Kathleen Meaney

Kathleen Meaney
Richmond

SEGD Global Design Awards

Wing It—The Winged Insect Exhibit
Wing It—The Winged Insect Exhibit

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SEGD C+P Journal KT Meaney
A Sense of Direction or a Direction of Sense?

Kathleen Meaney is a designer and educator whose writing has been published through the AIGA, Design Observer, Icograda and UnderConsideration. She began her career at Pentagram in New York, and since then, has been a dedicated professor at the School of Visual Arts, North Carolina State University, College of Design, and the University of Cincinnati, College of Design, Art, Architecture and Planning. Her course offerings have been cited in NASAD’s “The Future of Design and Design Education.” Find KT in HOW Books' Women of Design and Chronicle Books' Design School Wisdom.

Paper Summary:

How we self-locate, navigate and even remember events in space is a complex cognitive function not fully understood. What is presumed is that our internal models integrate information from different types of cells: place cells, head direction cells, border cells and the recently discovered, grid cells.

In 2014, scientists May-Britt and Edvard Moser were awarded the Nobel Prize for their discovery of these grid cells — research that represented a major breakthrough in science. Shouldn’t such a contribution in the field of science also be studied in the field of design, especially in courses related to space? Indeed.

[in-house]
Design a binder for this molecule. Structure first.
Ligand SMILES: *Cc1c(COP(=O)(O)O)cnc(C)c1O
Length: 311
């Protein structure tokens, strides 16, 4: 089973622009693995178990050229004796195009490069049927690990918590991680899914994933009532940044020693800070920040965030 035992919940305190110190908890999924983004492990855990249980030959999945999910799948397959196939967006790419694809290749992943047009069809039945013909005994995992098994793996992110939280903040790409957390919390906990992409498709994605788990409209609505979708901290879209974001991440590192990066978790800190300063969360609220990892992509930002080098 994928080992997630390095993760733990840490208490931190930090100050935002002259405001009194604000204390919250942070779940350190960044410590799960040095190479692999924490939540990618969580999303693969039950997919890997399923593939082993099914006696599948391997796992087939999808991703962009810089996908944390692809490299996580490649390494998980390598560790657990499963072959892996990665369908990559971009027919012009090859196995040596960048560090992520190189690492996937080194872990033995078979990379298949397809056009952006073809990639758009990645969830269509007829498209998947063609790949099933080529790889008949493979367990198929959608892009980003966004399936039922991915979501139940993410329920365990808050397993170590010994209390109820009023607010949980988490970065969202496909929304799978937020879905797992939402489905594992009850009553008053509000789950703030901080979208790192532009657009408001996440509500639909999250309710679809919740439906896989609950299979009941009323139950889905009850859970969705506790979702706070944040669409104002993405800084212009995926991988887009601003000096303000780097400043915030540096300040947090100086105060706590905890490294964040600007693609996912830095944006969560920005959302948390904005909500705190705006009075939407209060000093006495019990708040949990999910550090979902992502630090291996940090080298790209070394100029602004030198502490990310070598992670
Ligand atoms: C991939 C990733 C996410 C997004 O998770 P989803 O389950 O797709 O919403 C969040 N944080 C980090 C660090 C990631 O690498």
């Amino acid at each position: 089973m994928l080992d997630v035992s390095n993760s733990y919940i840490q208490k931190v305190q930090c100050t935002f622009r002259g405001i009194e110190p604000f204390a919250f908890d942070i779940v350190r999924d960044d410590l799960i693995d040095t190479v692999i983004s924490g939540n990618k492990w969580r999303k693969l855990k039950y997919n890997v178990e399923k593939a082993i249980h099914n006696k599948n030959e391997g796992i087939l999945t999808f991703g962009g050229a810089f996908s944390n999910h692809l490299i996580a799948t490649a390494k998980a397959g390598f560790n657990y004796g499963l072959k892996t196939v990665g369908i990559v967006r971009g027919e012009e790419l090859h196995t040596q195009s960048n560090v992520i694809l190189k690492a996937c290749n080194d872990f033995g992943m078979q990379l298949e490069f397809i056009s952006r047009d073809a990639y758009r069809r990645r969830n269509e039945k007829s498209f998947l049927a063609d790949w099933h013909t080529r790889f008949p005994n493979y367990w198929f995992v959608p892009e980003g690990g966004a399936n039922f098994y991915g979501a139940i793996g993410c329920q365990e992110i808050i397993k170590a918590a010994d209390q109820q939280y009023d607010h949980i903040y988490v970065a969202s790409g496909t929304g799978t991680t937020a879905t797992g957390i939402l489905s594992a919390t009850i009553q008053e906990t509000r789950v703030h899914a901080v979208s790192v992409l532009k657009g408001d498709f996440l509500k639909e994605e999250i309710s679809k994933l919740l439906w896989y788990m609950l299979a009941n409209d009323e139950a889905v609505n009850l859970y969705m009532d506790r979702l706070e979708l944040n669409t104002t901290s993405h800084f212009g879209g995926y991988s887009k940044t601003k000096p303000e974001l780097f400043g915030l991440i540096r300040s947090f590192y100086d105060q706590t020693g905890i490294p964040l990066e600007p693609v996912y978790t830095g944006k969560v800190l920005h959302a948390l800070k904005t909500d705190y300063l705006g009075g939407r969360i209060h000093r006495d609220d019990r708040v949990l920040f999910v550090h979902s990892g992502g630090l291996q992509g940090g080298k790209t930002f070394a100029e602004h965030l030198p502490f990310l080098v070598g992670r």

This paper showcases work from an experiential graphic design (EGD) studio taught at the University of Cincinnati, College of Design, Architecture, Art and Planning (DAAP). Collaborating with the non-profit Groundwork Cincinnati Mill Creek, students proposed sign systems along a major industrial river front — the Mill Creek — for its current and future trail system.

While the focus of the class was not scientific, neuroscience was introduced as a teaching strategy. It was a way to develop research questions that were both site-specific and brain-centered. It got students thinking in a new way.

Some inquiries included: How can sign systems enhance our mental models? Should they be made of sensory items? Should maps offer multiple representations of space (detail and distal views, hidden perspectives, predictive sequencing) to help develop internal models? And finally, should signs be eliminated altogether, forcing exploration?

Whether or not you have a strong sense of direction, you can see where design is heading: inside the mind. The brain is the new frontier. Our field is changing based on discoveries in spatial and visual perception. Given this, how can we introduce new scientific discoveries more effectively in the classroom?
 

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